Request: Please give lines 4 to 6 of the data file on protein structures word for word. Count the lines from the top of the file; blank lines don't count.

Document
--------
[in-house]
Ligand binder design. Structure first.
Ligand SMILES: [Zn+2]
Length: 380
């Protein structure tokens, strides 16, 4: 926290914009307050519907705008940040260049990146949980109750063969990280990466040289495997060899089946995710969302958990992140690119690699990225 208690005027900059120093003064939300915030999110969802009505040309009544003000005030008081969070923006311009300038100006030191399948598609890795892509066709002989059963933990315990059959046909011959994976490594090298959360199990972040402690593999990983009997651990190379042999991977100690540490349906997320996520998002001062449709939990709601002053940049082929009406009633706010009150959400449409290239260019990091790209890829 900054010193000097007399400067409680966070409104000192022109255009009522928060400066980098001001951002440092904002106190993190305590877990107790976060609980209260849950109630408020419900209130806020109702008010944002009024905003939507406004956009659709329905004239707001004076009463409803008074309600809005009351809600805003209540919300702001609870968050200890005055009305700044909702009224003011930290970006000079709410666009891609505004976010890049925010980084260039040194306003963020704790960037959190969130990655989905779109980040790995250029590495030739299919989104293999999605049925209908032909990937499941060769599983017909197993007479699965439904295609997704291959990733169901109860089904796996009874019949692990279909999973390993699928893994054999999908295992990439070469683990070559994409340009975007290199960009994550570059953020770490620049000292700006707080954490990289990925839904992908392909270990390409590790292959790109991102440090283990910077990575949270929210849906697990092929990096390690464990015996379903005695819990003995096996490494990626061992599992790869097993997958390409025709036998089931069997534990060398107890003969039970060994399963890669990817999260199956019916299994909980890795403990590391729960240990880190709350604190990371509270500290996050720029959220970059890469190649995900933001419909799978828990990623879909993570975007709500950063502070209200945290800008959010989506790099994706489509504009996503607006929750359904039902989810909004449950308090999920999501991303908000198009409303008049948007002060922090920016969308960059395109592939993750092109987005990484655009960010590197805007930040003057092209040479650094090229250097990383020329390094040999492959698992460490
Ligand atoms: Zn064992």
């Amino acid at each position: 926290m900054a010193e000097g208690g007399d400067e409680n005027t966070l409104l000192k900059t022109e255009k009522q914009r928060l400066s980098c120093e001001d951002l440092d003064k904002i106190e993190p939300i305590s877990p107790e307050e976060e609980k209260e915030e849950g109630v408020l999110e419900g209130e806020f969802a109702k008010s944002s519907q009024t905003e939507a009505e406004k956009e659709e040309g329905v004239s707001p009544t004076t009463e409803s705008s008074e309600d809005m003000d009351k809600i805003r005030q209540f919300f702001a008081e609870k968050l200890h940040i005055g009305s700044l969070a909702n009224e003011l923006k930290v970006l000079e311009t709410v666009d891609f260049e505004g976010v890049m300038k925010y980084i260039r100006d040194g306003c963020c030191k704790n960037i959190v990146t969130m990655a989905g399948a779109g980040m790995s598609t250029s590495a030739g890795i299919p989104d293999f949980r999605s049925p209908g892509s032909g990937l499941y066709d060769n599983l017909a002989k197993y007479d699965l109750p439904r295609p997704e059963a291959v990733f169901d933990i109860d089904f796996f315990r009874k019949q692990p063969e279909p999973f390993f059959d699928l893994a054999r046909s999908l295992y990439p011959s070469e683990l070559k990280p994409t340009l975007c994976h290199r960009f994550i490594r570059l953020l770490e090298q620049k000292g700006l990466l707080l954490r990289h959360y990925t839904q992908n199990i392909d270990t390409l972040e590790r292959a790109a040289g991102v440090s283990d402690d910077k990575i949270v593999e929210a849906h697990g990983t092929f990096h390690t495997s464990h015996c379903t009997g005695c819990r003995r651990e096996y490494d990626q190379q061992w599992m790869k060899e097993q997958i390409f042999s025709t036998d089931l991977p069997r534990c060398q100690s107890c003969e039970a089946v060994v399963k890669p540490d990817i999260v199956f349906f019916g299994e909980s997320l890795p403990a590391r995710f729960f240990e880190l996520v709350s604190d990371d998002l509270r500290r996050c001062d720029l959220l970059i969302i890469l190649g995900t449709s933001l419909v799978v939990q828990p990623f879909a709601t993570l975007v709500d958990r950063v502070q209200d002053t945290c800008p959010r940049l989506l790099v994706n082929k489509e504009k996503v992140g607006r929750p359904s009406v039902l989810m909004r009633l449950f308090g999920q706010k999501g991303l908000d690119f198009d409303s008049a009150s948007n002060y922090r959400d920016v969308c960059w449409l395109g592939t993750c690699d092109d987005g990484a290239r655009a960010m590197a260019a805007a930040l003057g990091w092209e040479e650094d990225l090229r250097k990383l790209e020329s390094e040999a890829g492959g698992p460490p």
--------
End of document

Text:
Length: 380
């Protein structure tokens, strides 16, 4: 926290914009307050519907705008940040260049990146949980109750063969990280990466040289495997060899089946995710969302958990992140690119690699990225 208690005027900059120093003064939300915030999110969802009505040309009544003000005030008081969070923006311009300038100006030191399948598609890795892509066709002989059963933990315990059959046909011959994976490594090298959360199990972040402690593999990983009997651990190379042999991977100690540490349906997320996520998002001062449709939990709601002053940049082929009406009633706010009150959400449409290239260019990091790209890829 900054010193000097007399400067409680966070409104000192022109255009009522928060400066980098001001951002440092904002106190993190305590877990107790976060609980209260849950109630408020419900209130806020109702008010944002009024905003939507406004956009659709329905004239707001004076009463409803008074309600809005009351809600805003209540919300702001609870968050200890005055009305700044909702009224003011930290970006000079709410666009891609505004976010890049925010980084260039040194306003963020704790960037959190969130990655989905779109980040790995250029590495030739299919989104293999999605049925209908032909990937499941060769599983017909197993007479699965439904295609997704291959990733169901109860089904796996009874019949692990279909999973390993699928893994054999999908295992990439070469683990070559994409340009975007290199960009994550570059953020770490620049000292700006707080954490990289990925839904992908392909270990390409590790292959790109991102440090283990910077990575949270929210849906697990092929990096390690464990015996379903005695819990003995096996490494990626061992599992790869097993997958390409025709036998089931069997534990060398107890003969039970060994399963890669990817999260199956019916299994909980890795403990590391729960240990880190709350604190990371509270500290996050720029959220970059890469190649995900933001419909799978828990990623879909993570975007709500950063502070209200945290800008959010989506790099994706489509504009996503607006929750359904039902989810909004449950308090999920999501991303908000198009409303008049948007002060922090920016969308960059395109592939993750092109987005990484655009960010590197805007930040003057092209040479650094090229250097990383020329390094040999492959698992460490
Ligand atoms: Zn064992």